Honor Thy Brother
Aging veterans pay tribute to the fallen
The process starts with a phone call. When a veteran dies in Athens County, the phone at John Montgomery's house rings. The funeral director tells John the name, age, military branch, and service history of the deceased. Through a phone chain, John notifies the other guards from the American Legions and Veterans of Foreign Wars in Albany and Athens that a fellow veteran will be laid to rest.
On the day of the funeral, each of the fifteen members of the Athens County Combined Honor Guard dress in their uniforms and meet at the Athens American Legion, where they pick up their guns and carpool to the funeral home.
"We do a walk-through where we salute the fallen veteran," John says. "When you're in the military, you're like brothers."
When you're in the military, you're like brothers.—John Montgomery
Military funerals hold great meaning. Perhaps the most memorable is the 21-gun salute. The captain orders seven men to raise their rifles, pointing eastward over the head of the deceased. Once, twice, three times the order is given to fire, each volley a deafening blast.
The playing of taps after the volleys can is a very emotional time for the families and the guard.
"I've done hundreds of funerals, and it still gets me," John says. Folding the flag, John tucks in the seven shells from one of the rifle rounds, and presents it to the widow or the eldest child with a salute and a dedication.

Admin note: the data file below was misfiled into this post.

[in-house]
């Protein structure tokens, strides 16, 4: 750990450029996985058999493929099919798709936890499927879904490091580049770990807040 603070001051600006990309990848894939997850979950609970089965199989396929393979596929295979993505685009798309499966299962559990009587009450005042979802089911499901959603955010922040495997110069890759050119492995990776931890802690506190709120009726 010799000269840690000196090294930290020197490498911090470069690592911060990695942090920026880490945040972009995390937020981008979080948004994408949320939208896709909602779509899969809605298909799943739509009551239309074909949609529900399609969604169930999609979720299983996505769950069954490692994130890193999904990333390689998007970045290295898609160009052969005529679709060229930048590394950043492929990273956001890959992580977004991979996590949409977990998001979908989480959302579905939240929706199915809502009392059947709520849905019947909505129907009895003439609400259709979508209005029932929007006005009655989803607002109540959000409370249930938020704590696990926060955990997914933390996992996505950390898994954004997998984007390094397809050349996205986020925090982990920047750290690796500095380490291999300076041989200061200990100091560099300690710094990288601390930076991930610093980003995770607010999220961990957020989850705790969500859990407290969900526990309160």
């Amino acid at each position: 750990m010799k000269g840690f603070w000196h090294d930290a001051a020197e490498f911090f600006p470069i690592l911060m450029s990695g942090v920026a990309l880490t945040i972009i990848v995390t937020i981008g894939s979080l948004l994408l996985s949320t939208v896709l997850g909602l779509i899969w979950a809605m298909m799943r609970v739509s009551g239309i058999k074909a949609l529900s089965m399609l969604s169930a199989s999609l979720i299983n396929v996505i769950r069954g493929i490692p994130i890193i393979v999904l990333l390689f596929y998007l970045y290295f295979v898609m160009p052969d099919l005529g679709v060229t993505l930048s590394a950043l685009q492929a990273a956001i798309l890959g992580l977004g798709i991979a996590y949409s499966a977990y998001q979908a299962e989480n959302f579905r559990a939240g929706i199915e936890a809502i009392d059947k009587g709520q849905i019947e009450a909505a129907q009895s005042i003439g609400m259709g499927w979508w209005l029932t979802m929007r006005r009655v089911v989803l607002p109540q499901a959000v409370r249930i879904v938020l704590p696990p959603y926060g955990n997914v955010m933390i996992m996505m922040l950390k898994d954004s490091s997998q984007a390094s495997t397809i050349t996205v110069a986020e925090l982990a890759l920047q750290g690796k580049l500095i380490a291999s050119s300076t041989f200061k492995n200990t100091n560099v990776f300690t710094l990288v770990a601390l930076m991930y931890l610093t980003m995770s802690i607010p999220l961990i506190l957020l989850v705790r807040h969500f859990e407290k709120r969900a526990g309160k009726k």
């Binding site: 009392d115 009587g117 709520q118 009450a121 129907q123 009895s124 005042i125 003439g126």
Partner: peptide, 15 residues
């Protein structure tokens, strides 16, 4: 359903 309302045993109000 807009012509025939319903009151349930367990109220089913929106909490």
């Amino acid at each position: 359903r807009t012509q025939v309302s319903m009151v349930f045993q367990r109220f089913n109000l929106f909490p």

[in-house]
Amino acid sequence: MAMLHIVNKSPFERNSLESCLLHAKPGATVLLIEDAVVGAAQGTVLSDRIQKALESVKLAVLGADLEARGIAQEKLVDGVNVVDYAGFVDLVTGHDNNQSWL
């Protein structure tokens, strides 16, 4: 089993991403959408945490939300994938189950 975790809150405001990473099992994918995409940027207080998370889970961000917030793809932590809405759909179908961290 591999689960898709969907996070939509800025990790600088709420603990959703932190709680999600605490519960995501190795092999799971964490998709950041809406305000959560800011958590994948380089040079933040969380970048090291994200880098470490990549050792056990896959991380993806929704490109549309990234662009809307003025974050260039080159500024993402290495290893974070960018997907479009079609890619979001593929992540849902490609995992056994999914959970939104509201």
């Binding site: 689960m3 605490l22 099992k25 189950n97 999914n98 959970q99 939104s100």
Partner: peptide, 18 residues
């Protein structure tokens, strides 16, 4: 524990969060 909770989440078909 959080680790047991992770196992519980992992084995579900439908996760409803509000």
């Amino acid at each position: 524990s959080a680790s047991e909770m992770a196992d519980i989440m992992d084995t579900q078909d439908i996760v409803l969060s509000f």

"A grateful nation presents you with this flag for your husband's or father's service, for his country and for his family, friends and neighbors, and through the American Legion and the VFWs of Athens County, we thank him for his service."
The group's members share common experiences despite having served in different wars abroad.
"You just become kind of long lost brothers," John says. They represent different branches of America's armed forces, and they work together performing duties and paying tribute at the funerals of veterans in Athens County and surrounding counties in southeast Ohio.
"It's a job you don't like to have to do, but it's got to be done," John says. It is about honor and respect for these men to lay their brothers, some of whom they know and many they don't, to their final rest.
"It's really something to, when you stop and think about it, tell your comrade in arms goodbye, because there were so many of them you didn't get to do that to."
Each funeral is different and challenging in its own way. Members are sometimes faced with burying people they know.
"It just goes with the territory, I guess," John says. "Because some of them are gonna have to put me away some day."